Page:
The phrase ‘something for everyone’ is unconditionally followed by a bitter sigh of disappointment somewhere in the world. Just as ‘suits every occasion’ always falls short eventually, and ‘one size fits all’ will always play sleeping-bag spaciousness to someone else’s asphyxiation via sausage-skin fabric.
Us humans are a tricky bunch to please. Sometimes we want to be in the crowd, other times we want to be one step ahead of it. Therefore, making music everyone likes that can be played everywhere is often beyond the realms of possibility. Leslie Feist clearly has the Midas touch. After a false start with ‘Monarch’ in 1999, Feist has danced where others dare not tread, and as a reward found commercial success and critical acclaim indirectly allied. Four years on from ‘The Reminder,’ and her five Grammy wins she returns with the all-encompassing ‘Metals.’
Opening with ‘The Bad in Each Other’ Feist teasingly wavers into her unique brand of Baroque Pop. Maintaining her lyrically direct and musically experimental trademark, she appears more vocally assertive than ever before. Graveyard’ is a hopeless Romantics mourn of lost love. Crystalized serenity, it darts over the sinister leaving only ethereal, an excellently subtle brass arrangement is layered over mounting sirenic calls. Veins may be ice, but the full-choral finale calls of ‘Oh ah oh oh bring them all back to life,’ is a definite blood sibling to ‘1,2,3,4.’
‘Caught in a Long Wind’ awards ‘Metals’ with 2011’s best use of session musicians. An enchanting chime and cowboy blues opening, it is the dramatic result of trapping a symphony in a farmhouse. Feist has an untouched ability to appear simple and intricate simultaneously, and it certainly matches ‘Brandy Alexander’s’ winsome delicacy.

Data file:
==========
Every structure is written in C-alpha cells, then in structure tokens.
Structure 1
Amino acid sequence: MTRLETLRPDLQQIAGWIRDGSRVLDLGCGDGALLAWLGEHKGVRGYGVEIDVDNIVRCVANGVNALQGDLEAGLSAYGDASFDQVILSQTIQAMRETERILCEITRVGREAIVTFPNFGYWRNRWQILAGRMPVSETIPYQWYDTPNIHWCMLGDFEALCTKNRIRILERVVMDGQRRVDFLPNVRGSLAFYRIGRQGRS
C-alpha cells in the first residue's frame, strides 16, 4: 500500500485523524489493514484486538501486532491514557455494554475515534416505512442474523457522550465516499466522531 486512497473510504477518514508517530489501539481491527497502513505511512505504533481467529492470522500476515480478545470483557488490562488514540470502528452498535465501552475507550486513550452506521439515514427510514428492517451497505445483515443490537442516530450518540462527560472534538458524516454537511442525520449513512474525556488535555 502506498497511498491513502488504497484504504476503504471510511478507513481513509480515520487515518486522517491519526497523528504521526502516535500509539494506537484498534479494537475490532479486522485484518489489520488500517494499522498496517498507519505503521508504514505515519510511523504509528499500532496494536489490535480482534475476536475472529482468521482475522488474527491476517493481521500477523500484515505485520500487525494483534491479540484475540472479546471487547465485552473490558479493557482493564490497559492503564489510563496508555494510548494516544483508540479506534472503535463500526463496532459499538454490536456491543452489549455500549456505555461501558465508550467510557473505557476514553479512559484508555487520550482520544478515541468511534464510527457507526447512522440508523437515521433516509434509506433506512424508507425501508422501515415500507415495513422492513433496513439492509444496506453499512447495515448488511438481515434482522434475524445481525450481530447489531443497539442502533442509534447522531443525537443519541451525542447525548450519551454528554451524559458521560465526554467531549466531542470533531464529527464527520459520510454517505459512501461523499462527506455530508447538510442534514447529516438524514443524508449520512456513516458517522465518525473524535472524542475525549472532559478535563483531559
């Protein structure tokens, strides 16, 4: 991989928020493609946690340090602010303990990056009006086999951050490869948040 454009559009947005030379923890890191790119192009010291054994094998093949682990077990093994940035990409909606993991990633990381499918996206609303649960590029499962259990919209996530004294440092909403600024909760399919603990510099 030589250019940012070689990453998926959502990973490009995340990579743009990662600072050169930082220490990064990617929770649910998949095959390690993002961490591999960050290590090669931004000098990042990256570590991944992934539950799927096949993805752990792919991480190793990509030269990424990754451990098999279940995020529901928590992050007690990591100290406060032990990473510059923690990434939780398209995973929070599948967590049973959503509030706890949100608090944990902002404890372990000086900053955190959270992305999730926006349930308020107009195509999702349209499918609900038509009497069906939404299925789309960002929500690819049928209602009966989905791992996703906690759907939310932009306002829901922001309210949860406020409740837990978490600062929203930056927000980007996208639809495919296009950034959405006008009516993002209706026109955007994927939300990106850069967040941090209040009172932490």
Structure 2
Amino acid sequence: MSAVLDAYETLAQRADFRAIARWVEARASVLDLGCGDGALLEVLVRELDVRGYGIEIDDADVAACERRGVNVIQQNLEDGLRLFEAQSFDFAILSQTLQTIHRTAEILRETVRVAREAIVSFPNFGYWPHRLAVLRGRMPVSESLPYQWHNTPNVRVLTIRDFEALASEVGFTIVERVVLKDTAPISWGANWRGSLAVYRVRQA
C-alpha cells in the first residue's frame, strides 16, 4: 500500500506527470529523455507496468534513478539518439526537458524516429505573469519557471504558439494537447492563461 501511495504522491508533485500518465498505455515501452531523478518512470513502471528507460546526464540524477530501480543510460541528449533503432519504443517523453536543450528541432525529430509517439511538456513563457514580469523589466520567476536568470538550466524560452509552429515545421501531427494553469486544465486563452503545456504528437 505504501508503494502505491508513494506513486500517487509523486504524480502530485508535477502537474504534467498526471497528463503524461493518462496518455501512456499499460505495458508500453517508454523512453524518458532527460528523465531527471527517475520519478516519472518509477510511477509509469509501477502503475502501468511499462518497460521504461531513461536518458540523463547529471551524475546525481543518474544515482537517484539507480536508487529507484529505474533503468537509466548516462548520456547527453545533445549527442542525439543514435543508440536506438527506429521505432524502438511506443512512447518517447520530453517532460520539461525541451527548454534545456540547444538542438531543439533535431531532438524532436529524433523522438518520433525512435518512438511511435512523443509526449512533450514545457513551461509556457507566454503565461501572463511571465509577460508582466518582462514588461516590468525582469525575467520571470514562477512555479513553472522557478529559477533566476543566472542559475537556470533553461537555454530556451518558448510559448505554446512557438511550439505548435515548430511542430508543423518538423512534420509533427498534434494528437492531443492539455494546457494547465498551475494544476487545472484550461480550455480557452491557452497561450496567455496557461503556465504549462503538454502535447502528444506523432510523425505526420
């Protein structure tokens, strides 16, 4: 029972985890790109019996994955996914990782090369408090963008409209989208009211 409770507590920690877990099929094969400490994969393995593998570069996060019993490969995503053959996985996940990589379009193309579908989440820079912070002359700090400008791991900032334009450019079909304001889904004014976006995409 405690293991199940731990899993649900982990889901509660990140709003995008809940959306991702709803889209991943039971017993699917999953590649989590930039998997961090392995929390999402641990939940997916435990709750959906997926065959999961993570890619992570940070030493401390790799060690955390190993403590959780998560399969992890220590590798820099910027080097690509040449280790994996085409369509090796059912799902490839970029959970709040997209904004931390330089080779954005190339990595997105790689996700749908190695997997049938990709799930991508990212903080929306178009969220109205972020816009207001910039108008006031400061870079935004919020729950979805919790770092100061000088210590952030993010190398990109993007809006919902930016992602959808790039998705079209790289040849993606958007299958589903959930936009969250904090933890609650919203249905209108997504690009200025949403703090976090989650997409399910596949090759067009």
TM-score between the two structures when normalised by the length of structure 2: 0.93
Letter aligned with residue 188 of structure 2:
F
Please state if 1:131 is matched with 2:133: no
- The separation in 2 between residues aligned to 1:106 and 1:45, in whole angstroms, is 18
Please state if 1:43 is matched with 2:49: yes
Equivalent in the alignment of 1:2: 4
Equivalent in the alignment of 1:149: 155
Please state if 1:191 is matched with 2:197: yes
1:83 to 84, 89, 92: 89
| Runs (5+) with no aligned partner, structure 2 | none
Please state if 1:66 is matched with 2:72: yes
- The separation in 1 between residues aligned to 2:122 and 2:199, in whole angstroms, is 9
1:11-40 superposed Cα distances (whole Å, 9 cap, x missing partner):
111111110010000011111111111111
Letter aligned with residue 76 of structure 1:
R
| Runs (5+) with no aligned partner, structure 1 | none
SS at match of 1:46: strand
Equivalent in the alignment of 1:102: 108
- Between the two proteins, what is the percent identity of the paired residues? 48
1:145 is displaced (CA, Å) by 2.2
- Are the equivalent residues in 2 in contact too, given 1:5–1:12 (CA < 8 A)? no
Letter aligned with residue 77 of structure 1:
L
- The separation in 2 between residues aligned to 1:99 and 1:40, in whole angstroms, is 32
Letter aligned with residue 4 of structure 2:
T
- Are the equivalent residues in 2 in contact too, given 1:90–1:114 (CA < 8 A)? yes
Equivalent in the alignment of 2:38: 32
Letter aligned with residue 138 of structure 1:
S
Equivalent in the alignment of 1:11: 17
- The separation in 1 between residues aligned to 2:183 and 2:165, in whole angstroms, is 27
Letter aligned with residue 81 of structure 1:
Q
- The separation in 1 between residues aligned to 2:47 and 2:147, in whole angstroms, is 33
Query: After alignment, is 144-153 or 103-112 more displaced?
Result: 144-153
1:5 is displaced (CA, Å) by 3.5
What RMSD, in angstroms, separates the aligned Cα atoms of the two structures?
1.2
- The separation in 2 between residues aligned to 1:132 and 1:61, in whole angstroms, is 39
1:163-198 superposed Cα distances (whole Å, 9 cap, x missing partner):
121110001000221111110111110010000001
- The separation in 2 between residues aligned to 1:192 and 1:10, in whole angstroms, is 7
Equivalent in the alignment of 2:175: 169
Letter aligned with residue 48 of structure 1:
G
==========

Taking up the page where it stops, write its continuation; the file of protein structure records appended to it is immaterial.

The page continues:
Malleable single ‘How Come You Never Go There’ is the most obviously pop record, but the organic hook at it’s core unpredictably lingers rather than flows, acting as the perfect warm up to ‘A Commotion.’ Panting repetition and a raucous chorus, ‘Metals’ will take you from motionless lagoon to tsunami in the blink of an eye. The brilliance of Feist is her fearless lacing of the rough with the smooth. ‘The Circle Married the Line’ is a purr of tranquility and charm, Feist’s vocal ability will warm and simply amaze. However, heartbreak quickly reappears with ‘Anti-Pioneer,’ wrapped in percussion and sorrowful strings it relays the utter loss and ‘what now?’ moment after a relationship breakdown.
Timeless, seasonless and dependable, Feist has once again produced something that is fusible to Grammy shortlist, Rom-Com soundtrack and coffee shop playlist alike. But that truly doesn’t matter. Wherever ‘Metals’ is heard its artistry will conduct the same reaction, simply because it is a record too brilliant to be ignored.